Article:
Abstract 3321: Gender Impacts Capillary Density and Skeletal Muscle Composition in Patients With Peripheral Arterial Disease
Background: Peripheral arterial disease (PAD) is a disorder characterized by impaired blood flow to the legs and maladaptive changes in the skeletal muscle. It is generally accepted that the skeletal muscle characteristics in patients with PAD include decreased capillary density and an altered percentage of oxidative myofibers. The scientific literature is conflicting, and it is based on studies with small sample size and older methodologies of skeletal muscle analysis. In addition, women are under-represented or not included at all in these studies.
Hypothesis: We hypothesized that there would be differences in skeletal muscle composition in PAD patients compared to healthy controls. We further hypothesized that there would be gender differences in skeletal muscle composition in PAD patients versus healthy controls.
Methods: Thirty -one patients with PAD and 31 age-, gender-, and activity-matched healthy controls underwent gastrocnemius muscle biopsy. Capillary density analysis and muscle fiber type determination were performed using immunohistochemistry techniques. Capillary density was measured as endothelial cells per muscle fiber and endothelial cells per area (mm2).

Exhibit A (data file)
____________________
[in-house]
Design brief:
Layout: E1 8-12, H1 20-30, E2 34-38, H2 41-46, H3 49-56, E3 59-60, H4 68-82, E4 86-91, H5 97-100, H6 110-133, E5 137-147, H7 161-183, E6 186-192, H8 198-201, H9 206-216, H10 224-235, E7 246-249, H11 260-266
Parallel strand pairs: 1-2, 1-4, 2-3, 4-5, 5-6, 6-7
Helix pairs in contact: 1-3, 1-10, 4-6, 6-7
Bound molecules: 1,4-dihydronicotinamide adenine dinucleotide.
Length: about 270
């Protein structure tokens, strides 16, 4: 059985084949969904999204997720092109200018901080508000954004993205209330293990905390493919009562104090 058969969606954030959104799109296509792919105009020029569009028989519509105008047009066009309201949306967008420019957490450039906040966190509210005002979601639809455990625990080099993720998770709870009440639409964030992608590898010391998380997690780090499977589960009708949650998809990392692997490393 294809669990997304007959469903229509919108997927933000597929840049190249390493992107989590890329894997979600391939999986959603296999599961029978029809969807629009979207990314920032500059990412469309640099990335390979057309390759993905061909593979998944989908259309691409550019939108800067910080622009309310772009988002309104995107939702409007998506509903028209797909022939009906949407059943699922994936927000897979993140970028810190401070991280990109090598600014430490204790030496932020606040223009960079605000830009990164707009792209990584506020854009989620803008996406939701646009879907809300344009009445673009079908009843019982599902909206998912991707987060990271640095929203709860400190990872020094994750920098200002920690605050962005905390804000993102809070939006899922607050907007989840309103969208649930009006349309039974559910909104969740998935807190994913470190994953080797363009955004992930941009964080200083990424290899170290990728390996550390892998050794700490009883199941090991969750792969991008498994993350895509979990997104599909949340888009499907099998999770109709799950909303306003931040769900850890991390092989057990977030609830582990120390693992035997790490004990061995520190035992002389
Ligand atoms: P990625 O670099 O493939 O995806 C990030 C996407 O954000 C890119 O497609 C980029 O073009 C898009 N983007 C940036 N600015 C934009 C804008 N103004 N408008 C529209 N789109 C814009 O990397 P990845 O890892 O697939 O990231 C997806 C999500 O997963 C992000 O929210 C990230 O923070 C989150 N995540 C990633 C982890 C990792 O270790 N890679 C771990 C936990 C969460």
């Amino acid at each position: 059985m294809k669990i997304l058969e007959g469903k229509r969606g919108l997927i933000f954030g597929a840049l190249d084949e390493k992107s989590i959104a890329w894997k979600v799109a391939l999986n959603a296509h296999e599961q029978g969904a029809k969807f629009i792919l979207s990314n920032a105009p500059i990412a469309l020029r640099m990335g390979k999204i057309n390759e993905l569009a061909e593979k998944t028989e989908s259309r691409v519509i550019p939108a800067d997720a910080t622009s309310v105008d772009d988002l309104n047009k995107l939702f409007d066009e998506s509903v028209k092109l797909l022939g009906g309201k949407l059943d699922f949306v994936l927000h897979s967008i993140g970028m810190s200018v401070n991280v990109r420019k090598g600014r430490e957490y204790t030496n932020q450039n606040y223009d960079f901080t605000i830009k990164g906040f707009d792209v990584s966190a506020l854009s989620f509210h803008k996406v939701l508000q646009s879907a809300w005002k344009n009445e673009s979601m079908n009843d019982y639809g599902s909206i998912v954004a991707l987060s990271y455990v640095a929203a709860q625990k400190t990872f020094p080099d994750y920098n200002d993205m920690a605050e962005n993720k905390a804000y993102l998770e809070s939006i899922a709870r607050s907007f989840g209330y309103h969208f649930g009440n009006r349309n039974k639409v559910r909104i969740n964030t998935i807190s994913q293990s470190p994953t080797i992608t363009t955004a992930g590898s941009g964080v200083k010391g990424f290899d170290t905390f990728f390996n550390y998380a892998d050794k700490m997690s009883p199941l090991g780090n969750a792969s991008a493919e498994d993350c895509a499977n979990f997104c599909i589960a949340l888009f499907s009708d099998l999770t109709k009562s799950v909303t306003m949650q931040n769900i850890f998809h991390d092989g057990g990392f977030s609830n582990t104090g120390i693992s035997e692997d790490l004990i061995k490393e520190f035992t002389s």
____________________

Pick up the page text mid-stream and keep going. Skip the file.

Results: There was no significant difference in capillary density in patients with PAD versus healthy controls when measured as endothelial cells per fiber (mean = 1.45 ± 0.43 vs. 1.50 ± 0.35, NS) or area (mean = 1.20 ± 0.29 vs. 1.29 ± 0.33, NS). There was also no difference in muscle fiber type composition between the groups. In the PAD cohort, capillary density was significantly lower in the men versus the women (mean = 1.36 ± 0.35 vs. 1.59 ± 0.51, p=0.005). In our cohort of women, there was no difference in capillary density in patients with PAD versus healthy controls (N=12). In men, capillary density was significantly lower in the PAD group versus healthy controls (N=19, mean = 1.09 ± 0.20 vs. 1.28 ± 0.34, p=0.043).
Conclusions: Our data fail to confirm the belief that patients with PAD have a decreased capillary density and an altered percentage of oxidative myofibers. However, we did find that gender has an important impact on these characteristics. Further study of skeletal muscle composition in PAD may help to better understand the functional relevance of the gender differences.